Republican George Bush accused Democratic rival Michael Dukakis Tuesday of making "appeals to class conflict" in charging that a Bush administration would be slanted toward the rich - including the vice president himself.
Dukakis, who was campaigning Tuesday in California, said Monday that Bush's proposal for a cut in the capital gains tax would benefit the well-to-do and would have meant tax savings to Bush personally of about $22,000 a year if it had been in effect the past three years.Bush said Tuesday, "I've been disturbed, as I've witnessed my opponent's campaign of the last several weeks, at the increasing appeals to class conflict. In my view, there is no place in American public life for philosophies that divide Americans one from another and that excite conflict among them.
"America will find her future by keeping with the traditions of her past, traditions of openness, generosity and cooperation," Bush said. "We will move forward not by succumbing to the base temptations of fear and envy but by following as Abraham Lincoln said, those better angels of our nature."
Bush said Dukakis "clings, despite all the evidence of the last two decaes, to the discredited policies of high taxes and government spending."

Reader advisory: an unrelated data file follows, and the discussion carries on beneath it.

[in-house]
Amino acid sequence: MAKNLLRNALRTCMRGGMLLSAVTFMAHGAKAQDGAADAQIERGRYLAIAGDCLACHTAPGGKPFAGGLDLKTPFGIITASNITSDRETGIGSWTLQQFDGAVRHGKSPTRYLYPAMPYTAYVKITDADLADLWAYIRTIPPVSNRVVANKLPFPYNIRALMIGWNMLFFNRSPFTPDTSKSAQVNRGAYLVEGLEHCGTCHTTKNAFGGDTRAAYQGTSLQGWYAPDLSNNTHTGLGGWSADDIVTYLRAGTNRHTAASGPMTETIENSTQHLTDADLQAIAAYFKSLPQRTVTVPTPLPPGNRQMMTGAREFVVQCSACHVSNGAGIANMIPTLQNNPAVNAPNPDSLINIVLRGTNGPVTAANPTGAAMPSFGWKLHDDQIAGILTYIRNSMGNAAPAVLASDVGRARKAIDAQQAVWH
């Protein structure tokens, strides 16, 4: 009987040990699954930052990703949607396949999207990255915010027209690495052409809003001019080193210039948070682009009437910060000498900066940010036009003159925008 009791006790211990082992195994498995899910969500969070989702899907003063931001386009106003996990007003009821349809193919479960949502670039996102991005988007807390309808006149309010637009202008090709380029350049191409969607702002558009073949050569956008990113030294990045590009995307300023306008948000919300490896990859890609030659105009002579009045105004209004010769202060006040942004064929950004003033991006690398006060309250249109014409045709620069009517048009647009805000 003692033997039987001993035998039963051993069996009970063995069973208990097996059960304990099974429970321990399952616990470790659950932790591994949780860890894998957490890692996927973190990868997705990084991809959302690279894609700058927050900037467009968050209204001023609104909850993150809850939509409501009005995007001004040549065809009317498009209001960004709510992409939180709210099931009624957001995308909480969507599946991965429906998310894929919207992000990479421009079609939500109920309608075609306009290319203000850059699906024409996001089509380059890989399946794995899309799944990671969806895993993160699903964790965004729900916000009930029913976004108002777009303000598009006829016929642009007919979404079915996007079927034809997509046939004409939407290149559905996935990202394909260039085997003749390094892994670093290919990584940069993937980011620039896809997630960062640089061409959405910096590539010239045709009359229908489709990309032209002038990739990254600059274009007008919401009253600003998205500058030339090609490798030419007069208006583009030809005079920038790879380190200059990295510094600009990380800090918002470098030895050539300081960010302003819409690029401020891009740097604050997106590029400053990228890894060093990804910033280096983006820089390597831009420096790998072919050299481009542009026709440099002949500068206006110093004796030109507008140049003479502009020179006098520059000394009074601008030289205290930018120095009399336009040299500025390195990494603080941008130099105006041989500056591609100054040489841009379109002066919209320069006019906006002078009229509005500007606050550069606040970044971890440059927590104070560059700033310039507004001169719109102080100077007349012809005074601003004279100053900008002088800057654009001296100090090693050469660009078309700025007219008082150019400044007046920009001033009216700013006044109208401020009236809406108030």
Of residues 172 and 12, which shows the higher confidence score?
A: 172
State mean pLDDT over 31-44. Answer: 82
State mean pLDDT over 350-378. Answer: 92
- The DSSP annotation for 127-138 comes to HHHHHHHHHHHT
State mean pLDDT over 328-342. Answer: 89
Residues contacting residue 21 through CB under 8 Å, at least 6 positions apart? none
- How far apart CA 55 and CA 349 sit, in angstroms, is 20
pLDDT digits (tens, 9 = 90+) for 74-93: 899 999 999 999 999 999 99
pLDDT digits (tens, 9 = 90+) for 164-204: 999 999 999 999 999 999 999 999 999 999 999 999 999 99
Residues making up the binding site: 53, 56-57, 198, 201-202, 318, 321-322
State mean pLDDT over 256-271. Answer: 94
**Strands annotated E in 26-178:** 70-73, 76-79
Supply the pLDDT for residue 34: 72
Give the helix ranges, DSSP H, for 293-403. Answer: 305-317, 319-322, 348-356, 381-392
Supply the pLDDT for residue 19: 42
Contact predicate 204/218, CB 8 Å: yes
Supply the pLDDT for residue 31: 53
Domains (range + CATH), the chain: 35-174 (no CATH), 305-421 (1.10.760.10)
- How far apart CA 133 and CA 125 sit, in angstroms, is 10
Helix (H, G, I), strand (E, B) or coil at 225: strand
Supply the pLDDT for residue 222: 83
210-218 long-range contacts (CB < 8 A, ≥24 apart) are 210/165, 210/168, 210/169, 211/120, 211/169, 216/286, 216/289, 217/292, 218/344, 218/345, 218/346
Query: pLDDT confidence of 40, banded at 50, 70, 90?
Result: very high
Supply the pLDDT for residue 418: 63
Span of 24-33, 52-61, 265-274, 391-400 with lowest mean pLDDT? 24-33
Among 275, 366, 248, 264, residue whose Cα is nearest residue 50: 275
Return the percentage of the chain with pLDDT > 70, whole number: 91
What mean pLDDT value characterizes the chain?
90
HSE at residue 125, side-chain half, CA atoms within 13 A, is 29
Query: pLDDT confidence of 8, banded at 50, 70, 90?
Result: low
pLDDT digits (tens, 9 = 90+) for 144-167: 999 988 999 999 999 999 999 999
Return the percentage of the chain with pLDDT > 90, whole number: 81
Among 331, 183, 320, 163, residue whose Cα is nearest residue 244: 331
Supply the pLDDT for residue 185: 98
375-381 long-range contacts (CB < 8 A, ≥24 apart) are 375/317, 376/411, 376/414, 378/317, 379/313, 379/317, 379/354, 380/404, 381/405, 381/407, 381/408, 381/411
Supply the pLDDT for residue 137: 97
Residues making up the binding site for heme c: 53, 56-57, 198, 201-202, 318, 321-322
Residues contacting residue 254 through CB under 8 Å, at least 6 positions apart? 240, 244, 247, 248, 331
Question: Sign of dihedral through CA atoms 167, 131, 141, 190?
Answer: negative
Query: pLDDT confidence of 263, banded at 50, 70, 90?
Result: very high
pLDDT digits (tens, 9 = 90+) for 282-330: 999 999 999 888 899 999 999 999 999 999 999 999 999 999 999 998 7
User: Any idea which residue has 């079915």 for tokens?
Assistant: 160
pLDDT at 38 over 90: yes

His comments came in a speech prepared for the Ohio Association of Broadcasters. Polls show Bush leading in Ohio, which is considered a must-win state for Dukakis.
With two weeks remaining until Election Day, Dukakis was seeking votes in California, where the latest poll showed Bush holding an 11-point lead over the Democratic nominee in the battle for the state's 47 electoral votes.
"George Bush wants to give people like himself a tax break that's more, in some cases, than the average worker in California makes in a year," Dukakis told supporters in Los Angeles Monday.
The Massachusetts governor also accused the GOP ticket of distorting his record in campaign advertising.
"We've seen a campaign of distortions and misrepresentation and of outright lies now for many, many months," Dukakis told a San Diego audience.
The Republican nominee, stumping for votes in New England, said Monday his campaign has "complete documentation" for its commercials criticizing Dukakis on crime and defense.
"He cannot take it," Bush said of Dukakis. "He cannot take it and now he's trying to turn and make the issue what we are saying."
The vice president was campaigning Tuesday in the Ohio cities of Columbus, Akron and Lima before flying to Detroit.